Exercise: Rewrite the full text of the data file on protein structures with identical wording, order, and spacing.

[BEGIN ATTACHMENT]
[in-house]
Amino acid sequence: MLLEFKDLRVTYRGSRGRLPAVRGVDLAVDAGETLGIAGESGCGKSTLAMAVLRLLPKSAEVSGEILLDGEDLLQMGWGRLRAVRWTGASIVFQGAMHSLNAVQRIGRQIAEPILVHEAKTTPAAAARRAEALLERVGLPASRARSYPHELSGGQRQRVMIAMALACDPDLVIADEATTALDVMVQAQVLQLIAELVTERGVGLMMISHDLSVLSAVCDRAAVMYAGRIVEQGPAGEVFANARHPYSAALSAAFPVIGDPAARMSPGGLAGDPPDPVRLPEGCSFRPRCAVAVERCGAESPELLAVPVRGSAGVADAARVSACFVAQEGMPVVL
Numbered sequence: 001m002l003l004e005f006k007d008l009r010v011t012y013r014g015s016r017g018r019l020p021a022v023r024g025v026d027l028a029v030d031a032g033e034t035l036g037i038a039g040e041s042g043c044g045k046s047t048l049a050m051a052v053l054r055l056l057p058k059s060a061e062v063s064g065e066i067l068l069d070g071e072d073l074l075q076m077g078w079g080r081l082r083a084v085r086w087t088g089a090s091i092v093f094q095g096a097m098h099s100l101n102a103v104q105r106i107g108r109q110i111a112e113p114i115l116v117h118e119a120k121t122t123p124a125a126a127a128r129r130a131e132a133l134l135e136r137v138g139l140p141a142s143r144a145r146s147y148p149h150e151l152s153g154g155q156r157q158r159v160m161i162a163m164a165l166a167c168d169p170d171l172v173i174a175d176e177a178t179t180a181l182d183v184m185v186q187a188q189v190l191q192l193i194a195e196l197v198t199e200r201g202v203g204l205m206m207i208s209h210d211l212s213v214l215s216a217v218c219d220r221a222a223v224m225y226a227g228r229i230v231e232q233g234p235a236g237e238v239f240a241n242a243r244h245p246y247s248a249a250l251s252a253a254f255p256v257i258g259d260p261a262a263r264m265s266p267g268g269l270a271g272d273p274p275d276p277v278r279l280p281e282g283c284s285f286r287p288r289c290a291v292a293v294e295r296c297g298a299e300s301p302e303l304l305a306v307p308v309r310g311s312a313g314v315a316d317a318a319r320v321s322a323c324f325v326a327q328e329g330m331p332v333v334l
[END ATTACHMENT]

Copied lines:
[in-house]
Amino acid sequence: MLLEFKDLRVTYRGSRGRLPAVRGVDLAVDAGETLGIAGESGCGKSTLAMAVLRLLPKSAEVSGEILLDGEDLLQMGWGRLRAVRWTGASIVFQGAMHSLNAVQRIGRQIAEPILVHEAKTTPAAAARRAEALLERVGLPASRARSYPHELSGGQRQRVMIAMALACDPDLVIADEATTALDVMVQAQVLQLIAELVTERGVGLMMISHDLSVLSAVCDRAAVMYAGRIVEQGPAGEVFANARHPYSAALSAAFPVIGDPAARMSPGGLAGDPPDPVRLPEGCSFRPRCAVAVERCGAESPELLAVPVRGSAGVADAARVSACFVAQEGMPVVL
Numbered sequence: 001m002l003l004e005f006k007d008l009r010v011t012y013r014g015s016r017g018r019l020p021a022v023r024g025v026d027l028a029v030d031a032g033e034t035l036g037i038a039g040e041s042g043c044g045k046s047t048l049a050m051a052v053l054r055l056l057p058k059s060a061e062v063s064g065e066i067l068l069d070g071e072d073l074l075q076m077g078w079g080r081l082r083a084v085r086w087t088g089a090s091i092v093f094q095g096a097m098h099s100l101n102a103v104q105r106i107g108r109q110i111a112e113p114i115l116v117h118e119a120k121t122t123p124a125a126a127a128r129r130a131e132a133l134l135e136r137v138g139l140p141a142s143r144a145r146s147y148p149h150e151l152s153g154g155q156r157q158r159v160m161i162a163m164a165l166a167c168d169p170d171l172v173i174a175d176e177a178t179t180a181l182d183v184m185v186q187a188q189v190l191q192l193i194a195e196l197v198t199e200r201g202v203g204l205m206m207i208s209h210d211l212s213v214l215s216a217v218c219d220r221a222a223v224m225y226a227g228r229i230v231e232q233g234p235a236g237e238v239f240a241n242a243r244h245p246y247s248a249a250l251s252a253a254f255p256v257i258g259d260p261a262a263r264m265s266p267g268g269l270a271g272d273p274p275d276p277v278r279l280p281e282g283c284s285f286r287p288r289c290a291v292a293v294e295r296c297g298a299e300s301p302e303l304l305a306v307p308v309r310g311s312a313g314v315a316d317a318a319r320v321s322a323c324f325v326a327q328e329g330m331p332v333v334l